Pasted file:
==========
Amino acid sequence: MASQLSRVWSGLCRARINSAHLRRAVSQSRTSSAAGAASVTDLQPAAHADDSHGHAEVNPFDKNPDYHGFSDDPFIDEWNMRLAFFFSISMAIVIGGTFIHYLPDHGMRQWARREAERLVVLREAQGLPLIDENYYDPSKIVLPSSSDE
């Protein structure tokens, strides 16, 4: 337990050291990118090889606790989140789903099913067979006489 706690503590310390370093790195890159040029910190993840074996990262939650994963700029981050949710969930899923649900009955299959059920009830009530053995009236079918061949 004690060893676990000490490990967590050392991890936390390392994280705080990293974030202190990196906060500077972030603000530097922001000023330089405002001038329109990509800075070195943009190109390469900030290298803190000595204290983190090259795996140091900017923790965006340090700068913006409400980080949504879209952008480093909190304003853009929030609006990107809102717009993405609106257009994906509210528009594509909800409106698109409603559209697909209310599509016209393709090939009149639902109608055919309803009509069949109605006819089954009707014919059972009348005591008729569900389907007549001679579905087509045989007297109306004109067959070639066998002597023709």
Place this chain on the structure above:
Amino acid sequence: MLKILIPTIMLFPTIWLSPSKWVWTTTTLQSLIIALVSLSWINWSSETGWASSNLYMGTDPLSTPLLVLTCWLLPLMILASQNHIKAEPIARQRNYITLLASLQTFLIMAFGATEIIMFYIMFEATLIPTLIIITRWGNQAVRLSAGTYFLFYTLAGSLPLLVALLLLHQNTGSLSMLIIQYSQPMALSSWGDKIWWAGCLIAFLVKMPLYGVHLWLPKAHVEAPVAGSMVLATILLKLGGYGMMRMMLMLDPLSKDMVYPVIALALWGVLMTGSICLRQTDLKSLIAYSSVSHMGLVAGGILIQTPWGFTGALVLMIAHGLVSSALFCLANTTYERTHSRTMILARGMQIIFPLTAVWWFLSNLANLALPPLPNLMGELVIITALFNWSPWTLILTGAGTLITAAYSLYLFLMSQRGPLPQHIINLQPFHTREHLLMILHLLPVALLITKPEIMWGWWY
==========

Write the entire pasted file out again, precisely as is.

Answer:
Amino acid sequence: MASQLSRVWSGLCRARINSAHLRRAVSQSRTSSAAGAASVTDLQPAAHADDSHGHAEVNPFDKNPDYHGFSDDPFIDEWNMRLAFFFSISMAIVIGGTFIHYLPDHGMRQWARREAERLVVLREAQGLPLIDENYYDPSKIVLPSSSDE
């Protein structure tokens, strides 16, 4: 337990050291990118090889606790989140789903099913067979006489 706690503590310390370093790195890159040029910190993840074996990262939650994963700029981050949710969930899923649900009955299959059920009830009530053995009236079918061949 004690060893676990000490490990967590050392991890936390390392994280705080990293974030202190990196906060500077972030603000530097922001000023330089405002001038329109990509800075070195943009190109390469900030290298803190000595204290983190090259795996140091900017923790965006340090700068913006409400980080949504879209952008480093909190304003853009929030609006990107809102717009993405609106257009994906509210528009594509909800409106698109409603559209697909209310599509016209393709090939009149639902109608055919309803009509069949109605006819089954009707014919059972009348005591008729569900389907007549001679579905087509045989007297109306004109067959070639066998002597023709």
Place this chain on the structure above:
Amino acid sequence: MLKILIPTIMLFPTIWLSPSKWVWTTTTLQSLIIALVSLSWINWSSETGWASSNLYMGTDPLSTPLLVLTCWLLPLMILASQNHIKAEPIARQRNYITLLASLQTFLIMAFGATEIIMFYIMFEATLIPTLIIITRWGNQAVRLSAGTYFLFYTLAGSLPLLVALLLLHQNTGSLSMLIIQYSQPMALSSWGDKIWWAGCLIAFLVKMPLYGVHLWLPKAHVEAPVAGSMVLATILLKLGGYGMMRMMLMLDPLSKDMVYPVIALALWGVLMTGSICLRQTDLKSLIAYSSVSHMGLVAGGILIQTPWGFTGALVLMIAHGLVSSALFCLANTTYERTHSRTMILARGMQIIFPLTAVWWFLSNLANLALPPLPNLMGELVIITALFNWSPWTLILTGAGTLITAAYSLYLFLMSQRGPLPQHIINLQPFHTREHLLMILHLLPVALLITKPEIMWGWWY